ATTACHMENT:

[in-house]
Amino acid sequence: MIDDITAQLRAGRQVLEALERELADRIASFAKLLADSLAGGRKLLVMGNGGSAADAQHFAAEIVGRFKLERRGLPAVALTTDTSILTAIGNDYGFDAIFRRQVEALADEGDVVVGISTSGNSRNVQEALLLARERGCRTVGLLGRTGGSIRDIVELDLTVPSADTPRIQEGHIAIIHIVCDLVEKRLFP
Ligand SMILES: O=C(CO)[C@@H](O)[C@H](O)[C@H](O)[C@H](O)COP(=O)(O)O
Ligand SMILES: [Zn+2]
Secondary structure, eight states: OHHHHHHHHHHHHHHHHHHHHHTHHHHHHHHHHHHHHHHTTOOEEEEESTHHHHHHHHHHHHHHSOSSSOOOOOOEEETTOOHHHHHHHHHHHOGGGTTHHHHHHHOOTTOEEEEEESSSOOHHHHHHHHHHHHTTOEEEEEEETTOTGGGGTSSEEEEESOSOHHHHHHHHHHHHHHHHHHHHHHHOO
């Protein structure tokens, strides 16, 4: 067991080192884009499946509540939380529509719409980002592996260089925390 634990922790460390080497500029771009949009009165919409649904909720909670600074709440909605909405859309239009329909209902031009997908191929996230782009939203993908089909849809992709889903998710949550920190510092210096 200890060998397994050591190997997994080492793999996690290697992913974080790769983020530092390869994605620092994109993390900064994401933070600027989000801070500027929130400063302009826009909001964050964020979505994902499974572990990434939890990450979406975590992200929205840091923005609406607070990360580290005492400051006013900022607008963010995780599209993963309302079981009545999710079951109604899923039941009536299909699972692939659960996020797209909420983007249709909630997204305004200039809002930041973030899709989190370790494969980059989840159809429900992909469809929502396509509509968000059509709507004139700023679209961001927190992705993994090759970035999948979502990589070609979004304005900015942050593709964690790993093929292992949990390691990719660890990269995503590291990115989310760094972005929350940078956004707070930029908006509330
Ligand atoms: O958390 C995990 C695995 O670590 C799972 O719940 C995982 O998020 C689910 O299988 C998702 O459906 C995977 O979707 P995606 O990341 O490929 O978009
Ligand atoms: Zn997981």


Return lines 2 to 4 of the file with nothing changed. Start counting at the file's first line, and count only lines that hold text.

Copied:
Amino acid sequence: MIDDITAQLRAGRQVLEALERELADRIASFAKLLADSLAGGRKLLVMGNGGSAADAQHFAAEIVGRFKLERRGLPAVALTTDTSILTAIGNDYGFDAIFRRQVEALADEGDVVVGISTSGNSRNVQEALLLARERGCRTVGLLGRTGGSIRDIVELDLTVPSADTPRIQEGHIAIIHIVCDLVEKRLFP
Ligand SMILES: O=C(CO)[C@@H](O)[C@H](O)[C@H](O)[C@H](O)COP(=O)(O)O
Ligand SMILES: [Zn+2]